GENETIC PATTERNS IN THE CALCIFIED TROPICAL SEAWEEDS HALIMEDA OPUNTIA, H. DISTORTA, H. HEDERACEA, AND H. MINIMA (BRYOPSIDALES, CHLOROPHYTA) PROVIDE INSIGHTS IN SPECIES BOUNDARIES AND INTEROCEANIC DISPERSAL

Authors


  • 1Received 15 June 2004. Accepted 26 October 2004.

Abstract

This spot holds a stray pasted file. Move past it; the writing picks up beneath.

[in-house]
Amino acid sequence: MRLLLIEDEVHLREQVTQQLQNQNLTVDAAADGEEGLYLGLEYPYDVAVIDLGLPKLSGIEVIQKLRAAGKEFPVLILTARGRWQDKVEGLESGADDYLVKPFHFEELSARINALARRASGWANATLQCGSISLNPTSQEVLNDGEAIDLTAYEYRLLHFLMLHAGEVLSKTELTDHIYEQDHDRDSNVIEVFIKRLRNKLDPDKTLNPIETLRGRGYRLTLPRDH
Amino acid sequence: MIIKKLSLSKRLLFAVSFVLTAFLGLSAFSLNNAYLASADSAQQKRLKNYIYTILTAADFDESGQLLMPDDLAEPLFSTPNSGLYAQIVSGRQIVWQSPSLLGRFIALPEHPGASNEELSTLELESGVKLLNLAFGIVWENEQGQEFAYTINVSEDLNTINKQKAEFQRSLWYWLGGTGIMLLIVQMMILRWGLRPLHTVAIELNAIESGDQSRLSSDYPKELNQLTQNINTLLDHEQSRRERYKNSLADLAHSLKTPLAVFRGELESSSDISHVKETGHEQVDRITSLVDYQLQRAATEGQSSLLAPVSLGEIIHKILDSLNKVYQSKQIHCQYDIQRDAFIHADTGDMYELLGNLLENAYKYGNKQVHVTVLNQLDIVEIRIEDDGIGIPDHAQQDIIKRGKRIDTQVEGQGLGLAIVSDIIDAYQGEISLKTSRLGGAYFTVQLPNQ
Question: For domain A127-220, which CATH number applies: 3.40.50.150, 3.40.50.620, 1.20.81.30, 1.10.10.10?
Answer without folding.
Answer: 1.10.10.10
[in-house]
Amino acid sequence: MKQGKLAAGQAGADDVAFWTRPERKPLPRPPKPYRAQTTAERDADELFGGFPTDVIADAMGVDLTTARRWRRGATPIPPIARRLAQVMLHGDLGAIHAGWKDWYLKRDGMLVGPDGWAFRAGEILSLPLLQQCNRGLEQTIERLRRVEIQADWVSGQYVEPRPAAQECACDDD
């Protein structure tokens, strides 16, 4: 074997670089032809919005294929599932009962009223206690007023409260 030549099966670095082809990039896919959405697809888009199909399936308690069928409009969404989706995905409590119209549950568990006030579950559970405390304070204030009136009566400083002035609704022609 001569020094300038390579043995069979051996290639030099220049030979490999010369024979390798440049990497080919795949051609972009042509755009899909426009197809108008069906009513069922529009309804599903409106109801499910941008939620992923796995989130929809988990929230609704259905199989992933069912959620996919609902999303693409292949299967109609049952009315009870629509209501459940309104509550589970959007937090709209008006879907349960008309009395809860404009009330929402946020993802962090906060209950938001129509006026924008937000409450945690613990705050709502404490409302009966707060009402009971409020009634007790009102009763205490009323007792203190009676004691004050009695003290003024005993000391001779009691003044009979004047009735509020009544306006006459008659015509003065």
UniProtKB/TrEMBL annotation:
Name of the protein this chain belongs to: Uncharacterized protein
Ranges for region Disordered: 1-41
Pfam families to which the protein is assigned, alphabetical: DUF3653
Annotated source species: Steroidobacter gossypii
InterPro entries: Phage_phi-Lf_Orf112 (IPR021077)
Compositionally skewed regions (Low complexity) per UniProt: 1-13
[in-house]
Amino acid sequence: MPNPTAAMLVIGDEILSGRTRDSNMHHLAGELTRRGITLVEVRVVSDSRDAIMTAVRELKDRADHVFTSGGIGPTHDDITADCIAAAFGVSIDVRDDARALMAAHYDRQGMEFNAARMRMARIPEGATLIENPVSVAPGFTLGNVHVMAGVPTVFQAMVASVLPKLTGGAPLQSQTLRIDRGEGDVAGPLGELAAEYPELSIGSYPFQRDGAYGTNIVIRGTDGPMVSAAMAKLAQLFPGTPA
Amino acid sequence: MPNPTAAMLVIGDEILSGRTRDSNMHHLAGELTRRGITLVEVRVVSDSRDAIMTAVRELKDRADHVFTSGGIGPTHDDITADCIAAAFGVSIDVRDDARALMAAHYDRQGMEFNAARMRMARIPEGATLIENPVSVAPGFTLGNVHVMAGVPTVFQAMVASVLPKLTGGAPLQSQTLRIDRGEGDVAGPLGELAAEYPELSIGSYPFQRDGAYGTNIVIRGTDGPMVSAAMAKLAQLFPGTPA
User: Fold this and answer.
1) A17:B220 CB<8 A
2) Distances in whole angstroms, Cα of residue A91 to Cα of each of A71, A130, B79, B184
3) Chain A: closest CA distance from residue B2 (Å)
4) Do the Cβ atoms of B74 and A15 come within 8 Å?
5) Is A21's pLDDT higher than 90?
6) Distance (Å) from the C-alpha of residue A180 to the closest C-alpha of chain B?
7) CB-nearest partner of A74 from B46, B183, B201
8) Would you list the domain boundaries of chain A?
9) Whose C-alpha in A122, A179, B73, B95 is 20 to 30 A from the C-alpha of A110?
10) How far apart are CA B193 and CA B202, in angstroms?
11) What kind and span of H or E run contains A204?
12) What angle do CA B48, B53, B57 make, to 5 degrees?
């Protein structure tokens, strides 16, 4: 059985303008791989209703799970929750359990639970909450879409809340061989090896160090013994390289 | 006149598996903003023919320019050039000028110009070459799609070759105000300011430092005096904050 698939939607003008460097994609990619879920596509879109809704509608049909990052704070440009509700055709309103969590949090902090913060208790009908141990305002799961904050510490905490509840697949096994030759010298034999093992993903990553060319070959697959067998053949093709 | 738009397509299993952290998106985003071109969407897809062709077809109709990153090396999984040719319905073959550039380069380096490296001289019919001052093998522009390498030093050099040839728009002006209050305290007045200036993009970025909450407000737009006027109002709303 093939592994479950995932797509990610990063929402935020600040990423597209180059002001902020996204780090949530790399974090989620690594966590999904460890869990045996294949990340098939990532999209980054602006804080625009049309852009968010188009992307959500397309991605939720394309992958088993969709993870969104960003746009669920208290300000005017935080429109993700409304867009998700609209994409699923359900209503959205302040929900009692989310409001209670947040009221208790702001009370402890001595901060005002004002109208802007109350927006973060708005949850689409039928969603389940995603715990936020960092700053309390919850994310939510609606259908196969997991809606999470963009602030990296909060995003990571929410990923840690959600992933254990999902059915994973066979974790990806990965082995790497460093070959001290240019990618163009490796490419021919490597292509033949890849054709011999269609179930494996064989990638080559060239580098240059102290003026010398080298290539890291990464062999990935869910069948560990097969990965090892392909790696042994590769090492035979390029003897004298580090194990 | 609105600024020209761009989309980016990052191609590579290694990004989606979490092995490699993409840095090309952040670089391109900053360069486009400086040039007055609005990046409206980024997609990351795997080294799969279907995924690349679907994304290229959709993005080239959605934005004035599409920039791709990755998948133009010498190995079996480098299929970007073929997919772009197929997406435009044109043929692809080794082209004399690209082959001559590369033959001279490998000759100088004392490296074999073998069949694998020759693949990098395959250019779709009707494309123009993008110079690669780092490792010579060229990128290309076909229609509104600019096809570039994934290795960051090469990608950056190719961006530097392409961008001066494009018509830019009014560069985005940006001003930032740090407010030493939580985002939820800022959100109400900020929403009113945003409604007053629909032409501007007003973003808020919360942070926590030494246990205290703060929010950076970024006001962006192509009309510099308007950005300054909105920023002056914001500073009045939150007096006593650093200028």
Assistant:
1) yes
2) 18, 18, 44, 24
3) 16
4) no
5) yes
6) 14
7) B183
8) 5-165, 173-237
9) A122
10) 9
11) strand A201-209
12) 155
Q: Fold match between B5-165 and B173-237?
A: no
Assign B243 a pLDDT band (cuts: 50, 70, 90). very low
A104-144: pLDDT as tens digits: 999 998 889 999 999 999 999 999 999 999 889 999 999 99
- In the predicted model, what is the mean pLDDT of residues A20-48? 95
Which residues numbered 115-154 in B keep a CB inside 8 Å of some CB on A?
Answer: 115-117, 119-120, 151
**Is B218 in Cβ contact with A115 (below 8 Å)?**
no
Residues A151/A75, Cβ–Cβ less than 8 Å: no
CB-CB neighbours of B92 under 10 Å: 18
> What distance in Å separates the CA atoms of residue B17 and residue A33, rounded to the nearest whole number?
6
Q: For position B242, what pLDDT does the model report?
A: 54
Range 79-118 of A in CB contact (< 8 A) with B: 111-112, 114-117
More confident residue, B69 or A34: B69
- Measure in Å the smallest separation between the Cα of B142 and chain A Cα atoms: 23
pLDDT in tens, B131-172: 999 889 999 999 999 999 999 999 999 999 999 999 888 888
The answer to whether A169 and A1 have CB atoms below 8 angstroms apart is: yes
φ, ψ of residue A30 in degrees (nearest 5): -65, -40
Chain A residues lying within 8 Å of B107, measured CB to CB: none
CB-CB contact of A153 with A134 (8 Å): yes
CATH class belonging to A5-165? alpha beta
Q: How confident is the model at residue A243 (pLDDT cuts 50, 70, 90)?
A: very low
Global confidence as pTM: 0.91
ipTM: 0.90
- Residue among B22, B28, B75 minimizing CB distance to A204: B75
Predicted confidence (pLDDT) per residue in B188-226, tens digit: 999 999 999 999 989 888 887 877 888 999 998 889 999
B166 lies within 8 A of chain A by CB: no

The section Opuntia within the green seaweed genus Halimeda includes sprawling and pendant thalli composed of strongly calcified segments. Within this section, identification of Atlantic material is straightforward, but Indo-Pacific material is often difficult to key out. This is particularly true for specimens resembling H. opuntia, H. distorta, and H. hederacea; many specimens do not fit any type or are morphologically intermediate. The goals of the present study are to define morphologically and genetically distinct groups among such specimens and to assess phylogeographic patterns within these groups. Specimens were collected throughout the geographical and morphological range. Sequences of H. minima and H. gracilis were included as outgroups. Two morphological groups were discerned within the ingroup; the first fit H. opuntia, whereas most specimens in the second group, referred to as the distorta–hederacea complex, did not fit any species description unambiguously. The latter were subdivided into two subgroups corresponding more or less to H. hederacea and H. distorta, yet intermediates between these morphs existed. A phylogeny inferred from partial nuclear rDNA sequences showed one lineage with H. opuntia and a second one containing the distorta–hederacea complex, thus corroborating the two major morphological groups. The distorta–hederacea complex contained two clades that show only partial correspondence with the morphological subgroups. Therefore, H. hederacea is synonymized with H. distorta. Phylogeographic structure within H. opuntia indicated that this species dispersed from the Indo-Pacific into the Atlantic. Fossil records of the species also show occurrence at Pacific sites throughout the last 105 years and a sudden appearance in the Caribbean and Bahamas during the last millennium.

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